Fortunately, our range is equipped with fiddle rails. These are metal rails that we can use to fasten the pots down to the stove so that they can’t move. All you need to do is use a deep enough pot that the contents don’t slop over.
Late in the evening, just before dark, we got the treat of the trip. Vienne and I were below eating dinner. KC and Sam were on deck, they had already finished dinner.
“Vienne, get up here NOW!’ KC shouted.
We clambered up to the deck.
“There’s a whale, just off the bow.”
Sure enough, we saw a spout. For the next several minutes, we saw spouts in front and on our starboard side. Then we saw the whales. Fin backs. Finbacks are the world’s second largest whales.
One surfaced within a few feet of the boat. It was amazing, awe inspiring. The whale that surfaced next to us was bigger than the boat, and this is a big boat.
For about a half hour a pod of three or four whales paced us, swam along side of us. I am overwhelmed by the size and grace of these creatures.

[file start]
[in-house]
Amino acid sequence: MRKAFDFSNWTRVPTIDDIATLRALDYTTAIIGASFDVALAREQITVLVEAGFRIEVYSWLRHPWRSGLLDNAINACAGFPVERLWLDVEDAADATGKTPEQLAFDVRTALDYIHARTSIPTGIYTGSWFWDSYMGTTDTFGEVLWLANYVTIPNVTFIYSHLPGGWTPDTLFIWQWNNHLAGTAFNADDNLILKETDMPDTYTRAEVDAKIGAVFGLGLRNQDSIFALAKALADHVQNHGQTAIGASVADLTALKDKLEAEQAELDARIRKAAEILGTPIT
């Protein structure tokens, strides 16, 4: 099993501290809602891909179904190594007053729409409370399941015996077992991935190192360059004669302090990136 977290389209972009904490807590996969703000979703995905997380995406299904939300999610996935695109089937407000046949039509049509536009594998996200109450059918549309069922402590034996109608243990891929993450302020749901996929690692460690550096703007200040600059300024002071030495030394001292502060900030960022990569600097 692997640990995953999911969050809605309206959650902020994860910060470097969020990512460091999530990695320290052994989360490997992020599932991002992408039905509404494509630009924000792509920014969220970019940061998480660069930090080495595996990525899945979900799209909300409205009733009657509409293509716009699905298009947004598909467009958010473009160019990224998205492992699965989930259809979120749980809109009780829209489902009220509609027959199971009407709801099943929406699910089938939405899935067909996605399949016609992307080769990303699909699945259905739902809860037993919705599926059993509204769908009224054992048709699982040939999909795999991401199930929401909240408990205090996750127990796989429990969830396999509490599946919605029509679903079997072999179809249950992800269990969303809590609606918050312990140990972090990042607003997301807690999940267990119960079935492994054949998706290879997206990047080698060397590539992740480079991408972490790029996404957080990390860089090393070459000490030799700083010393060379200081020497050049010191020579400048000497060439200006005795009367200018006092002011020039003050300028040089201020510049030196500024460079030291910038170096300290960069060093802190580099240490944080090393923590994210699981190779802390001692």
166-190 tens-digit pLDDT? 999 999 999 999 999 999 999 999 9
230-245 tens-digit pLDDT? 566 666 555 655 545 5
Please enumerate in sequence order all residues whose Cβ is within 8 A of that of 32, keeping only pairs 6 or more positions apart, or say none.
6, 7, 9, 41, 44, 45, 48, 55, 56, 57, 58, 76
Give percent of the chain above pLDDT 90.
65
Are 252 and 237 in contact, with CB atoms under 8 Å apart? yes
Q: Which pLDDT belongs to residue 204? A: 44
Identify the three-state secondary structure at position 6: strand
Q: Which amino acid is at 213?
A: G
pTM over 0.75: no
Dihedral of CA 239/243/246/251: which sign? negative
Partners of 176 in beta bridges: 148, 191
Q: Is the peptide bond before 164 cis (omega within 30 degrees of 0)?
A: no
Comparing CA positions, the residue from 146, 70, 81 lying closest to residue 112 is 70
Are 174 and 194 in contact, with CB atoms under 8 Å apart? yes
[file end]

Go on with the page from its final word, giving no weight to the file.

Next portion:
After the whale show, I decided to reduce sail for the night. KC suggested that we go with the stays’l and mizzen for the night and I concurred. We had a slight breeze and the stays’l would give us some drive and maybe an extra half knot.
KC climbed the main mast (we have steps to allow a person to climb high enough to work with the big sail) and I manned the winch. I put the winch handle in the winch (mind you, this is a big, heavy, steel handle) and undid the brake.
The sail plummeted down the mast. The winch handle spun. My head was in the way. I got knocked on the head like you wouldn’t believe. It hurt.
I staggered and yelled, but of course, I had to get back to my station and get the sail down. We couldn’t stop in the middle of the process to attend to the fool who couldn’t keep his head clear.
We got the sail secured and KC began to fuss and fret about my head. It hurt. I was dizzy and it felt as if my head was filled with cotton.